Use this URL to cite or link to this record in EThOS:
Title: The church as a local organisation : a comparative case study in the sociology of organisations
Author: Roberts, Kenneth John
ISNI:       0000 0001 3524 2067
Awarding Body: University of Warwick
Current Institution: University of Warwick
Date of Award: 1989
Availability of Full Text:
Access from EThOS:
Access from Institution:
This thesis uses a comparative case study as the means for demonstrating how the policies and attitudes of local churches are influenced by organisational factors. A model based on open systems theory reveals that each local church mediates and processes a variety of environmental inputs. As a result, the inputs are converted into outputs or products. The model, therefore, draws attention to the relationship between the churches and their environment and also to their internal structures and processes. In this instance a single input was followed through 'the system'. This concerned the question of the response of local churches to high levels of unemployment, and associated socio-political issues. The resultant data underlines how important for these churches is their 'religious' environment, particularly when it involves their parent denominations. The main finding, however, is that the two churches investigated were both able to mediate and modify environmental inputs on unemployment. It is, therefore, the 'internal' polities and organisational structures of local churches which are of prime importance. Despite the fact that these churches had different polities, it was possible to discern in each case the key interaction between formal and informal organisational structures and processes, and how these related to the position and activities of agents such as the minister and lay leaders. It was found, in more specific terms, that the most crucial influence on the internal processes of these churches came from the ministers. The investigation required a fourteen-month period of intensive fieldwork during which the writer was a participant observer in both churches. Other methods of data collection used included both structured and unstructured interviews and the monitoring and analysis of a wide range of secondary material. The findings presented here are a contribution to both the sociology of organisations and the sociology of religion. They also illustrate the value of ethnographic studies of the church in its manifestation as a local organisation.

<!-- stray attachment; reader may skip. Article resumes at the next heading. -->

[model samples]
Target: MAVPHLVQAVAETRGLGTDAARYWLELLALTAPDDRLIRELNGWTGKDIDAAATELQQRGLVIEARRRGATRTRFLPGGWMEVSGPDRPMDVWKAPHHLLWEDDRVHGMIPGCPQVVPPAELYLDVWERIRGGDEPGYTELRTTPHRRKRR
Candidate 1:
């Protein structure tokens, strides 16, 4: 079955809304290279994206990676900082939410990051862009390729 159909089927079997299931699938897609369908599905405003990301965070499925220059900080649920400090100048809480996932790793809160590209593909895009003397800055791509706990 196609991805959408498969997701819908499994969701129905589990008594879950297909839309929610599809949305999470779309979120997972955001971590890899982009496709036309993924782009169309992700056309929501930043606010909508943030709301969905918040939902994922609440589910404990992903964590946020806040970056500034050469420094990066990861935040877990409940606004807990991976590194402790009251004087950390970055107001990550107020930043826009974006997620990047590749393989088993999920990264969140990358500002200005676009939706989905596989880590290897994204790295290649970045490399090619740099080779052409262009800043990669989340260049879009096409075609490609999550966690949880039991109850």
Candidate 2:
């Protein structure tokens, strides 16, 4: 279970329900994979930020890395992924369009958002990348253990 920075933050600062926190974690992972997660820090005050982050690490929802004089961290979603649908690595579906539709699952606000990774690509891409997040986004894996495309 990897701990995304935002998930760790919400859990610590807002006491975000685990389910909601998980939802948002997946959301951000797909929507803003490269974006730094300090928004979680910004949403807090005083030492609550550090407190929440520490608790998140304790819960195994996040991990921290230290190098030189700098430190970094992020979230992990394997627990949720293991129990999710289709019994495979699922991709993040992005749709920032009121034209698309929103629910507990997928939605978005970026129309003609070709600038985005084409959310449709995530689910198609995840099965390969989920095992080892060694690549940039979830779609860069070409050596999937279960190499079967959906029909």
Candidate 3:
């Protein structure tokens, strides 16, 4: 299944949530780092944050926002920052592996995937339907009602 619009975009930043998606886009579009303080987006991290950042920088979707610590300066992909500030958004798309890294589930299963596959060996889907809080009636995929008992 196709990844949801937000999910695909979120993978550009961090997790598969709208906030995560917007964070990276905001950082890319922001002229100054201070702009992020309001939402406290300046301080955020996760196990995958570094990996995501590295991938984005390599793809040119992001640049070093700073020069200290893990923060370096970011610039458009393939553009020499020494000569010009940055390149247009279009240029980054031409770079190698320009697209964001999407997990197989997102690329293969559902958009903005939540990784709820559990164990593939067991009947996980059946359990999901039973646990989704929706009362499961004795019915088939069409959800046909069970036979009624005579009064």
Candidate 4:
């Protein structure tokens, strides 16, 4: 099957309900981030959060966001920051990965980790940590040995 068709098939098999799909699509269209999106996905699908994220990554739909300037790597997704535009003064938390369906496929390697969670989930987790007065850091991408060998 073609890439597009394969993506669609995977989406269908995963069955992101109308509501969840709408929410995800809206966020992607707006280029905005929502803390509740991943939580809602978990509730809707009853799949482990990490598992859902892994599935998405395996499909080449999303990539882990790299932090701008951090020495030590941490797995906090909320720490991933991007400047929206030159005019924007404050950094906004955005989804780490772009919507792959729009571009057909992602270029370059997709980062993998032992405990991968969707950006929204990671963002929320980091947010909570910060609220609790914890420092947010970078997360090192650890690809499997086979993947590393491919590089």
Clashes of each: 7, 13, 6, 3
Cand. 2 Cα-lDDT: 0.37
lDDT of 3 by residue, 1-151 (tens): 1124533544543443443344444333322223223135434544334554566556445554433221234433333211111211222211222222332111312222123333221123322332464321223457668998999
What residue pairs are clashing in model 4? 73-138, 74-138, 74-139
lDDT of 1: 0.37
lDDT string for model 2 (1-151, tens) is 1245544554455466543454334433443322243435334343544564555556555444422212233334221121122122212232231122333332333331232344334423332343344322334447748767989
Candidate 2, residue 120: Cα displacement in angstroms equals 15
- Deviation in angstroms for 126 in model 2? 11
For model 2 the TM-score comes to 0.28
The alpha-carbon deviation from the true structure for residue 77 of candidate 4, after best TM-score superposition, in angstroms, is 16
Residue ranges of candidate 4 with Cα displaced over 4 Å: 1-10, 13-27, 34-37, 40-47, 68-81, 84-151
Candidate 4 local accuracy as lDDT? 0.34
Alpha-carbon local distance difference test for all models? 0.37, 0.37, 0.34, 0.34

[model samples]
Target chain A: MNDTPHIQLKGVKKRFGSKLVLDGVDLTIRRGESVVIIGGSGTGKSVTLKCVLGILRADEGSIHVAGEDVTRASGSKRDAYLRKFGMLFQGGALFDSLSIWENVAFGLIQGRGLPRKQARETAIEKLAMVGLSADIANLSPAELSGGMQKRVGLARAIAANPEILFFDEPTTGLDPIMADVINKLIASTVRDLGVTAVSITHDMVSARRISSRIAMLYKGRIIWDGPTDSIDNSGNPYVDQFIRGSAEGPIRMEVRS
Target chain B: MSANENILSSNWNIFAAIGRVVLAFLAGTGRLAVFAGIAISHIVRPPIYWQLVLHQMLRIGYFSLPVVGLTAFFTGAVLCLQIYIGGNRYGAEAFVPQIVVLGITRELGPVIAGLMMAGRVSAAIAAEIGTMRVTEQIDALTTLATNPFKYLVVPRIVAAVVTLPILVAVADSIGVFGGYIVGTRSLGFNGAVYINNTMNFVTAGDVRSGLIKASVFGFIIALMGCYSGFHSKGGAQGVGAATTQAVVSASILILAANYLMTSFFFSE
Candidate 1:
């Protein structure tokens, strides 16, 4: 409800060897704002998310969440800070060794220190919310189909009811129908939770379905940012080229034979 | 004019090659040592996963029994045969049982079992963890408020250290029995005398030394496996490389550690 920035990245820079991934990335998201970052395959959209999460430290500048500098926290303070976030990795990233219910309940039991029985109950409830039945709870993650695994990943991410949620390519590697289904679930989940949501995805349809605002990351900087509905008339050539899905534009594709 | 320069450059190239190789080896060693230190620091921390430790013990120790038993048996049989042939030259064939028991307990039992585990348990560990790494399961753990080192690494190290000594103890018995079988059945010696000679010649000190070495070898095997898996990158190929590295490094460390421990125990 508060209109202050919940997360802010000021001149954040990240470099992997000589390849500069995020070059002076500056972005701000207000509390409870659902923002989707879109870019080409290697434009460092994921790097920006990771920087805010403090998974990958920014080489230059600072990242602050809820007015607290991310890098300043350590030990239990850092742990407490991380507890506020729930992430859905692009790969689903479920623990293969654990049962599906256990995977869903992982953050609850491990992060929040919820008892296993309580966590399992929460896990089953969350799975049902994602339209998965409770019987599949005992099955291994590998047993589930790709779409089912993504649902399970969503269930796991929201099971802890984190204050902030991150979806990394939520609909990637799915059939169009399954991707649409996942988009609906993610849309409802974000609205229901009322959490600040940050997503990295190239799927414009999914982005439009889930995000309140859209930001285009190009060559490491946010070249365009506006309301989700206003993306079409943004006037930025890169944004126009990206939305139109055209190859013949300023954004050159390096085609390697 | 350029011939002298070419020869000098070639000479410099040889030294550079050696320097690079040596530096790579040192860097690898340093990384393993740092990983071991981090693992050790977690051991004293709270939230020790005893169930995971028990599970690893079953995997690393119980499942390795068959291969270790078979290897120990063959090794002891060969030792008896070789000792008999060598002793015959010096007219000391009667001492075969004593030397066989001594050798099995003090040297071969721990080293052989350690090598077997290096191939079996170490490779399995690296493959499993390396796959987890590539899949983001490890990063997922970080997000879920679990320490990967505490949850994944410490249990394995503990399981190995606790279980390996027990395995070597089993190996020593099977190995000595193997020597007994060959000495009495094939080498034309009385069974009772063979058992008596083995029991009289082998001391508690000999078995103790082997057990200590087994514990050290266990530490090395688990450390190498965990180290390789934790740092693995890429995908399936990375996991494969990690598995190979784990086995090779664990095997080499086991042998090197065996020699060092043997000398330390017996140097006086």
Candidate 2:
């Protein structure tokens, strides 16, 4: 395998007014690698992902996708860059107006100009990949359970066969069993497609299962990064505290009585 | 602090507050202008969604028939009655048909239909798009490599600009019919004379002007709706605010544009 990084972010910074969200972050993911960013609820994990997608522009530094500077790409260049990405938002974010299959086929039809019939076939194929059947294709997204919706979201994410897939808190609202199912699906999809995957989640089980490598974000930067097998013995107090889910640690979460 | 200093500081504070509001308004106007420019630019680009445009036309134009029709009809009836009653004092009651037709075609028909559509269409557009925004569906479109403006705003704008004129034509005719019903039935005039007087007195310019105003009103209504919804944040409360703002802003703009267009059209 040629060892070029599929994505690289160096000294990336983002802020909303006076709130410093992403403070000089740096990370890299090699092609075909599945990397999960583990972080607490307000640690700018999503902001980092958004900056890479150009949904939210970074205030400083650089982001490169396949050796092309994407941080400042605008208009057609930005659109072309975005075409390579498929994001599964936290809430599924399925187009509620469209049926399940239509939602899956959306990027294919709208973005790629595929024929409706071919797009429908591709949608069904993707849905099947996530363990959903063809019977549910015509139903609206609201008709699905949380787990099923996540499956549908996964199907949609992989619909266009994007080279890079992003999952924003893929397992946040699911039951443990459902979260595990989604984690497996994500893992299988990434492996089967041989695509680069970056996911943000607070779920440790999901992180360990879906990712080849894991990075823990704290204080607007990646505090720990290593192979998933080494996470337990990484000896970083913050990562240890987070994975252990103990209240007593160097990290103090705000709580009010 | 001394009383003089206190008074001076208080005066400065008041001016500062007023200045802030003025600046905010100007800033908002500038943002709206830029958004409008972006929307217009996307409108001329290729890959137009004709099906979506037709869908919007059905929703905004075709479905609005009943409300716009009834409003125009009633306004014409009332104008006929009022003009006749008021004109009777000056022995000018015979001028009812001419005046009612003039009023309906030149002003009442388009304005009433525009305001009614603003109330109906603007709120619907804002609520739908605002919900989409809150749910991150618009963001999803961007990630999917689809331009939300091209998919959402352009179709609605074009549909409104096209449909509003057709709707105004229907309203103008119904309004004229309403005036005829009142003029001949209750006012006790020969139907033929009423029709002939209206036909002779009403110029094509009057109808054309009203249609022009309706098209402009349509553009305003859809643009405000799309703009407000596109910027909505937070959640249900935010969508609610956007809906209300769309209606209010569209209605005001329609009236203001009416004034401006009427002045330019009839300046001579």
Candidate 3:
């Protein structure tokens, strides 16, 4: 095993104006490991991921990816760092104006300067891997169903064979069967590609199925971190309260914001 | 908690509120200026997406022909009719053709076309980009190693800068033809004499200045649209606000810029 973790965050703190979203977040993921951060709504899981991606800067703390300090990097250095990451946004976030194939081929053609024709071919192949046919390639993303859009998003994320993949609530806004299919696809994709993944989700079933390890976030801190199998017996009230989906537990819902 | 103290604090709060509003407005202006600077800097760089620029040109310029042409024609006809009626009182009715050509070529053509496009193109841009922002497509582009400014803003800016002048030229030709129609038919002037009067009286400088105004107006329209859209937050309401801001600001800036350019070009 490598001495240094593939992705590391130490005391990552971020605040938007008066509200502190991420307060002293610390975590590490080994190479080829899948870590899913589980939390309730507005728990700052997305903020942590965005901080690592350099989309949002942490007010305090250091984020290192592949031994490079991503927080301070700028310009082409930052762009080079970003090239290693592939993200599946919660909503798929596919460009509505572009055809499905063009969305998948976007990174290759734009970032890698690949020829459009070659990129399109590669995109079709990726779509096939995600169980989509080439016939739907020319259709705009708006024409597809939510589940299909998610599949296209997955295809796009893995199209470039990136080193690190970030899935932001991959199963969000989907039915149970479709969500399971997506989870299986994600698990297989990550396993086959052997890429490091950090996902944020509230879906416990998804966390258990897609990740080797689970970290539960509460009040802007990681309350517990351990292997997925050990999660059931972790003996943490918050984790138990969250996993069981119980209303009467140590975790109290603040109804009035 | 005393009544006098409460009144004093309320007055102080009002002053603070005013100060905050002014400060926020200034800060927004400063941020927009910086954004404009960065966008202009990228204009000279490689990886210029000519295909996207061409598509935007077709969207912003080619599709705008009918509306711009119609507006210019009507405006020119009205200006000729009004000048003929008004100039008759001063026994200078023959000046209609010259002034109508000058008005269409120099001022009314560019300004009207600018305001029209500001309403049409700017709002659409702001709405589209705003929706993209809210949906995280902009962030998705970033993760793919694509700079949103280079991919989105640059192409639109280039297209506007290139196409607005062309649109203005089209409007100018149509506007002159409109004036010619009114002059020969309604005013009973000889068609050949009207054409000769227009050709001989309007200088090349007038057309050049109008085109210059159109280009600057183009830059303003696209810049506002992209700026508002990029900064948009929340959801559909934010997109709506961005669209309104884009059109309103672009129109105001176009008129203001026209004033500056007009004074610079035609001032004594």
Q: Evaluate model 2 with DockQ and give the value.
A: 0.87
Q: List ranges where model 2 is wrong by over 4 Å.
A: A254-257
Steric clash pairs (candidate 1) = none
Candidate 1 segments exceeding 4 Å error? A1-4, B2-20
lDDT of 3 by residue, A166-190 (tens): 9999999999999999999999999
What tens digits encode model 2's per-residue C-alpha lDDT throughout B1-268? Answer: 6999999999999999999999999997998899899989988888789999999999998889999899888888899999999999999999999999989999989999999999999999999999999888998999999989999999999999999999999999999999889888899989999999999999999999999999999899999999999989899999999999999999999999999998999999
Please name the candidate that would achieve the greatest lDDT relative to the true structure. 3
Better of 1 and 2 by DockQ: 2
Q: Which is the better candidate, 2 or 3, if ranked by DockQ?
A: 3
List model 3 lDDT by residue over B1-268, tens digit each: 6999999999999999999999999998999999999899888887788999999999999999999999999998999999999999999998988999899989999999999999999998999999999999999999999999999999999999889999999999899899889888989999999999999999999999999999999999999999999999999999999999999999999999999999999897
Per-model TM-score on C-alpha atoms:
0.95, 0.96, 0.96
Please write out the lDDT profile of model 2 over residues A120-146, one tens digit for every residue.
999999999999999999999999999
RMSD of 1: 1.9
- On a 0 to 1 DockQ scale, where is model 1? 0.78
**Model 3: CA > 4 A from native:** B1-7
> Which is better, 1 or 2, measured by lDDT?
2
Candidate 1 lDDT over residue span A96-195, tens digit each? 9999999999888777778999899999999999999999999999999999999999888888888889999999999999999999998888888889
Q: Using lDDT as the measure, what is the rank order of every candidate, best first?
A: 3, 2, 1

Supervisor: Not available Sponsor: Economic and Social Research Council (Great Britain) (ESRC)
Qualification Name: Thesis (Ph.D.) Qualification Level: Doctoral
EThOS ID:  DOI: Not available
Keywords: BR Christianity ; HM Sociology